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Naturalism, Schemas, and the Real Philosophical Issues in Contemporary Cognitive Science

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Part of the Synthese Library book series (SYLI, volume 194)

Abstract

As is probably true of most of Arbib’s philosophical opponents, I am in full agreement with his desire to give a “thoroughly naturalist account” of persons—especially if all that is required is to refuse to “countenance realities… which transcend space and time.” But even at this level of generality, Arbib’s claims appear to be sufficiently vague as to beg some interesting philosophical questions. In current debates in philosophy of mind, naturalism is typically opposed to mentalism. The “thoroughly modern metalist” (Fodor et al.), however, does not countenance non-physical realities. [1] What makes him a mentalist or non-naturalist is his belief that an adequate account of intelligent behavior cannot be given at the level of physical science, that is, his belief that mental terms are an irreducible part of any adequate science of cognition. The modern mentalist (cognitive scientist, AI theorist) holds a functionalist view of mental states and processes, identifying them with their functional role in the ongoing activity of an organism (or machine) rather than in terms of the stuff in which they are realized. Although such a view is in principle compatible with accounts of persons which countenance immaterial realities; in practice, current functionalists believe, not surprisingly, that functionally identified mental states and processes are realized in the strictly material stuff of the brain (or computer).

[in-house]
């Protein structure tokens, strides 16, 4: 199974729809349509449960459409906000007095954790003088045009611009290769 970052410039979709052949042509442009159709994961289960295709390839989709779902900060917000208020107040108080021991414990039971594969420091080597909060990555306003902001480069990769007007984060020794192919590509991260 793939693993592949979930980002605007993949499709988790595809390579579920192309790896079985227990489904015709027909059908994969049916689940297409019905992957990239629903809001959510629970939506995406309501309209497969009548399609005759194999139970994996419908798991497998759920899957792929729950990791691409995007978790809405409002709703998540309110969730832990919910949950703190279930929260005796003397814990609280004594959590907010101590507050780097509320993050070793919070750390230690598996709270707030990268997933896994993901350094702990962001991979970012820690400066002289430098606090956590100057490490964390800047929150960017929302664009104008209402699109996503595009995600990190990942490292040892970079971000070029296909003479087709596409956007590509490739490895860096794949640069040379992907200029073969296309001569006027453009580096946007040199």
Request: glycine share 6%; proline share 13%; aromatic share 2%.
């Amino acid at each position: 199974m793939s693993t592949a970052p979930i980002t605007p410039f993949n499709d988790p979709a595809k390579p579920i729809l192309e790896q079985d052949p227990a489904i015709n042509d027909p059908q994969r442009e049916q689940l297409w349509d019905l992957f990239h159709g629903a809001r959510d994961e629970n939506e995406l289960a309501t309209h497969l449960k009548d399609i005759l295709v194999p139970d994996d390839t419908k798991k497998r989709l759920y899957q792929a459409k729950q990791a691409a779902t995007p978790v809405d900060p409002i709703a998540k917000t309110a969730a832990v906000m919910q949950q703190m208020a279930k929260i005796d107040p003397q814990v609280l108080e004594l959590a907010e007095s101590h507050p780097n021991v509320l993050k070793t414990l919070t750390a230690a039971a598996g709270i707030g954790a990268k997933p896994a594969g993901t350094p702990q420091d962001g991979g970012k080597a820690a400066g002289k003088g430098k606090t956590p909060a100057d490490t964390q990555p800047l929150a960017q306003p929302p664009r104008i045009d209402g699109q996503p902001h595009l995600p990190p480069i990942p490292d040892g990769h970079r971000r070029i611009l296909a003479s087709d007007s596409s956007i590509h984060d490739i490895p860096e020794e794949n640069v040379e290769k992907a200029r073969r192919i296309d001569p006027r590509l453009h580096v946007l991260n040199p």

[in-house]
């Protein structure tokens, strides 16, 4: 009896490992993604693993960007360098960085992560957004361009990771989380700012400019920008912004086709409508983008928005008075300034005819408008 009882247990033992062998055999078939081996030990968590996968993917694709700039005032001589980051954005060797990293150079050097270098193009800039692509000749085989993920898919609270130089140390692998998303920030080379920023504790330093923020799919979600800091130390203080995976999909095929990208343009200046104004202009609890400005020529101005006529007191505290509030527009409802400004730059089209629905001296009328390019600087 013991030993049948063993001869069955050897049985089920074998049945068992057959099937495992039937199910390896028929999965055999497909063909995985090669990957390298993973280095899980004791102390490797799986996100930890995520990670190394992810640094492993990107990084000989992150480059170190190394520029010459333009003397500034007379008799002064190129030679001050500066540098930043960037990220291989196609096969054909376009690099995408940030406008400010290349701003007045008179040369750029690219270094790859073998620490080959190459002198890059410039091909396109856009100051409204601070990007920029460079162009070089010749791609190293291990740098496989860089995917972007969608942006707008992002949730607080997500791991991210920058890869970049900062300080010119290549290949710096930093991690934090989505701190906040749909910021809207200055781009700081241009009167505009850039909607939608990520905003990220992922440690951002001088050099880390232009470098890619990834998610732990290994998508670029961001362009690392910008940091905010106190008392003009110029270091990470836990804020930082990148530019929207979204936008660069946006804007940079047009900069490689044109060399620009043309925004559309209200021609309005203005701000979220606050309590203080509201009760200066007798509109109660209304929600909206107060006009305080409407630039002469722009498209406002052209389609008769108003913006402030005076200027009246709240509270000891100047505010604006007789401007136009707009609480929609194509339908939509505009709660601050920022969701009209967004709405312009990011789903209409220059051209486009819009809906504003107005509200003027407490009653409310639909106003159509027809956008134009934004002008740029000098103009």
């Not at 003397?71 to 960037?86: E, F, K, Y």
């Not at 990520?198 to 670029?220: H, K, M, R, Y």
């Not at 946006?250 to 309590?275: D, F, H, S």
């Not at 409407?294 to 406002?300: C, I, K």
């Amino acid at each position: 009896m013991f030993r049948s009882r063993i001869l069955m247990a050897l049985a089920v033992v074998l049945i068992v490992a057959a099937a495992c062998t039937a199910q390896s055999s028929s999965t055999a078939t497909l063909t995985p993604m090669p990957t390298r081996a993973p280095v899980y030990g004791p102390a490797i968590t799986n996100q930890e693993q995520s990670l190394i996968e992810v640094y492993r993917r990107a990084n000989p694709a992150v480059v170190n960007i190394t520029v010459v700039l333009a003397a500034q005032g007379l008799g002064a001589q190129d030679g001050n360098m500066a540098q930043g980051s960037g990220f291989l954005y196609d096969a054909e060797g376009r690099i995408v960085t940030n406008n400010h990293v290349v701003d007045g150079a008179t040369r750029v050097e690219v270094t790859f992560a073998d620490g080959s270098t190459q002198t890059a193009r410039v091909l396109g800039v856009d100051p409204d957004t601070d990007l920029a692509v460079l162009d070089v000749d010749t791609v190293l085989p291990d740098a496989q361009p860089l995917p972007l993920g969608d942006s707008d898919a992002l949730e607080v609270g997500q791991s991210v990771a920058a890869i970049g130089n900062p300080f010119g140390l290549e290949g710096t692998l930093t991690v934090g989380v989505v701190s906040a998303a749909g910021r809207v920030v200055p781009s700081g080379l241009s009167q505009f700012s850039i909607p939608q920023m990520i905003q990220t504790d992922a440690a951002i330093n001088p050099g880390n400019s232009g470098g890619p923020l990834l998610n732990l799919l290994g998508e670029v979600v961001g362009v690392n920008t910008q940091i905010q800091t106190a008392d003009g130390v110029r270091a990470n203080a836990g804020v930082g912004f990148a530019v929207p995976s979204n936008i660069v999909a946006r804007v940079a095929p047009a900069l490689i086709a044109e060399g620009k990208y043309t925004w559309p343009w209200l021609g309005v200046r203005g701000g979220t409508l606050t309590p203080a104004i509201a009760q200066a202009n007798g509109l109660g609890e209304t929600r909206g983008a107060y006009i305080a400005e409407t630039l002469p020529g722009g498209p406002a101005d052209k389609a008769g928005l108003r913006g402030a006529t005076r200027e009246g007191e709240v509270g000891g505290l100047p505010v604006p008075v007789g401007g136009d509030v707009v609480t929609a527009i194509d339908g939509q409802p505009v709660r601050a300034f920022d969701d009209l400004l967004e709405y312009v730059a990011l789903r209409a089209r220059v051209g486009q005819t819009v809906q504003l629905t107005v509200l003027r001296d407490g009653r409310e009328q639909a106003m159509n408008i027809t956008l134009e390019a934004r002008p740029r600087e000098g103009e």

Keywords

Thought Experiment Intentional Content Causal Property Everyday World Biochemical Structure 
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© D. Reidel Publishing Company 1988

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